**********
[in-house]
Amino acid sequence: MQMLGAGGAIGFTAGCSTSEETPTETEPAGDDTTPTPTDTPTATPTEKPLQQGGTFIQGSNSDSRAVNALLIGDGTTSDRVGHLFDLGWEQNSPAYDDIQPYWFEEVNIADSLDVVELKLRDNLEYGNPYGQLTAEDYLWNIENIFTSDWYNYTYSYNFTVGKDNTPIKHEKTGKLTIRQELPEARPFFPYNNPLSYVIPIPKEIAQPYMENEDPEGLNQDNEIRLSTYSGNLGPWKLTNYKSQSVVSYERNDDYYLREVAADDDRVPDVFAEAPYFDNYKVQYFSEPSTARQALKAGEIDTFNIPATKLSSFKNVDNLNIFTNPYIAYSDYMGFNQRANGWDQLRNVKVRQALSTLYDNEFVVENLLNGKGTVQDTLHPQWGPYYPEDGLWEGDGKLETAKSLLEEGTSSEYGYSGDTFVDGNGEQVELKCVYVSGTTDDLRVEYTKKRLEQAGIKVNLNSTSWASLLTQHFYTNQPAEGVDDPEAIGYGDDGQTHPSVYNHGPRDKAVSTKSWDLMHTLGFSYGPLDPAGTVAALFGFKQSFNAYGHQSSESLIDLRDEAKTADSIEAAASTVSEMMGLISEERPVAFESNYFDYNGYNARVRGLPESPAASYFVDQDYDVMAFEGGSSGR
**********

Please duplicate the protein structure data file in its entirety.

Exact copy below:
[in-house]
Amino acid sequence: MQMLGAGGAIGFTAGCSTSEETPTETEPAGDDTTPTPTDTPTATPTEKPLQQGGTFIQGSNSDSRAVNALLIGDGTTSDRVGHLFDLGWEQNSPAYDDIQPYWFEEVNIADSLDVVELKLRDNLEYGNPYGQLTAEDYLWNIENIFTSDWYNYTYSYNFTVGKDNTPIKHEKTGKLTIRQELPEARPFFPYNNPLSYVIPIPKEIAQPYMENEDPEGLNQDNEIRLSTYSGNLGPWKLTNYKSQSVVSYERNDDYYLREVAADDDRVPDVFAEAPYFDNYKVQYFSEPSTARQALKAGEIDTFNIPATKLSSFKNVDNLNIFTNPYIAYSDYMGFNQRANGWDQLRNVKVRQALSTLYDNEFVVENLLNGKGTVQDTLHPQWGPYYPEDGLWEGDGKLETAKSLLEEGTSSEYGYSGDTFVDGNGEQVELKCVYVSGTTDDLRVEYTKKRLEQAGIKVNLNSTSWASLLTQHFYTNQPAEGVDDPEAIGYGDDGQTHPSVYNHGPRDKAVSTKSWDLMHTLGFSYGPLDPAGTVAALFGFKQSFNAYGHQSSESLIDLRDEAKTADSIEAAASTVSEMMGLISEERPVAFESNYFDYNGYNARVRGLPESPAASYFVDQDYDVMAFEGGSSGR